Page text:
<18> Berg, which was her first novel, begins: ‘A man called Berg, who changed his name to Greb, came to a seaside town intending to kill his father.’ Berg hasn’t necessarily come to Brighton from London (Quin doesn’t say where he grew up) and so the novel isn’t strictly relevant to this paper. But since it is such an extraordinary Brighton novel and Quin has been marginalised for so long I thought I would include it.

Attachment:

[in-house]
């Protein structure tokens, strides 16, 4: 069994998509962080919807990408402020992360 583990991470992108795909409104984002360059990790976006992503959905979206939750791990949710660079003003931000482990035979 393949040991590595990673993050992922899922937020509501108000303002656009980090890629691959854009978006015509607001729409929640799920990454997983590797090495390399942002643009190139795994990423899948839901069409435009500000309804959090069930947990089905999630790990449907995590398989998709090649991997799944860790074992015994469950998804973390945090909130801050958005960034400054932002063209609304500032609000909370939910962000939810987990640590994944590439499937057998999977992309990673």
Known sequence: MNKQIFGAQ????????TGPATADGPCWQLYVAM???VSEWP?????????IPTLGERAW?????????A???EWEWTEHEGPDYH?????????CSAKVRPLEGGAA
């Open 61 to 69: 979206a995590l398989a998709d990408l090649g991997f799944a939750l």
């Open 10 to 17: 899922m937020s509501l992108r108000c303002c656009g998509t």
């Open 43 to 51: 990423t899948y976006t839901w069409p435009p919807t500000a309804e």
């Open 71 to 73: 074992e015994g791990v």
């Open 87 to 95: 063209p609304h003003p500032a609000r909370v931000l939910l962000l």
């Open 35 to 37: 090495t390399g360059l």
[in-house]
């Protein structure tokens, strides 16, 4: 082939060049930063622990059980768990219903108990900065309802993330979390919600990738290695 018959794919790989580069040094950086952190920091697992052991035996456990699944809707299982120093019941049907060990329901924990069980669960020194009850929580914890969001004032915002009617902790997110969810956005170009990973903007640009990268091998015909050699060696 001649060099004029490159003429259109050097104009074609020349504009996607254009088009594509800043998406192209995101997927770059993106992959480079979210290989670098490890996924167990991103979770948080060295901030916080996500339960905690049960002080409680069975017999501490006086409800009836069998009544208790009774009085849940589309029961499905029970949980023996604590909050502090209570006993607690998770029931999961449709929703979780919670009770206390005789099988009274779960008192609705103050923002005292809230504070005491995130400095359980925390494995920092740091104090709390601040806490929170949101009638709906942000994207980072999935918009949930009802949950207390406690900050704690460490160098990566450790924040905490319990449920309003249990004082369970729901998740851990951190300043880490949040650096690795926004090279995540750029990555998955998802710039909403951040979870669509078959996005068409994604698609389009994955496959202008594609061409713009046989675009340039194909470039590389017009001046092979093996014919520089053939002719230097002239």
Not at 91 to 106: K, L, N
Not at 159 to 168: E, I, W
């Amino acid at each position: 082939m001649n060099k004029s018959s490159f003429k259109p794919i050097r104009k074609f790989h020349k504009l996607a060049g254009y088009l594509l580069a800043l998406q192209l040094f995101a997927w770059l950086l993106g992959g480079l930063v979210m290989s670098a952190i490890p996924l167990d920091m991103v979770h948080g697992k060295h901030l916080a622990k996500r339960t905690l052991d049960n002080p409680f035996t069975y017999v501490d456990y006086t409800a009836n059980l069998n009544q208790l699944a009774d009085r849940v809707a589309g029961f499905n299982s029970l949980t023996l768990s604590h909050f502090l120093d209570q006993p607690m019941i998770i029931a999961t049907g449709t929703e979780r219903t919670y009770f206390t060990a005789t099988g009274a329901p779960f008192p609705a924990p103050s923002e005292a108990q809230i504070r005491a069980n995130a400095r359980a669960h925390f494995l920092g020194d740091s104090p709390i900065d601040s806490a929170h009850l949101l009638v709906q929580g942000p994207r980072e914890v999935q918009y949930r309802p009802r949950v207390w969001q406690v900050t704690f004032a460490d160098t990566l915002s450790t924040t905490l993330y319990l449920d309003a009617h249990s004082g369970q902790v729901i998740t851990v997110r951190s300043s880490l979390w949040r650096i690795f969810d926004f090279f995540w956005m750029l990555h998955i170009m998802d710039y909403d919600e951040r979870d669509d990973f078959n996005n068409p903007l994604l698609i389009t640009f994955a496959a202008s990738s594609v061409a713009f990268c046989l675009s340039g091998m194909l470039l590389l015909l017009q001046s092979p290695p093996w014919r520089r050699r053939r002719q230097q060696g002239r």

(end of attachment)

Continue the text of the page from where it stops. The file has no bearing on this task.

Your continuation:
<19> Quin’s Brighton is simultaneously a real place by the sea, filled with the ‘smell of seaweed together with tar and oil’; a Greek amphitheatre where the tragedy is acted out; and (since dialogue and narration seem to merge) like being trapped inside Berg’s skull (just as he is trapped in Brighton). There are no holiday-makers, only a Greek chorus of tramps: ‘The station a discarded film set as he passed through the barrier. The only sign of life seemed to be in the waiting room, crammed full of destitutes rubbing themselves, each other, or crouching over the fire ‘(133). And the Brighton of carnival pleasure is surreal and ghastly: ‘the sight and sound of couples miming the act of love [in the dance hall] across the way sickened him’ (45). Everything about the mise en scène is both vivid and deliberately unreal.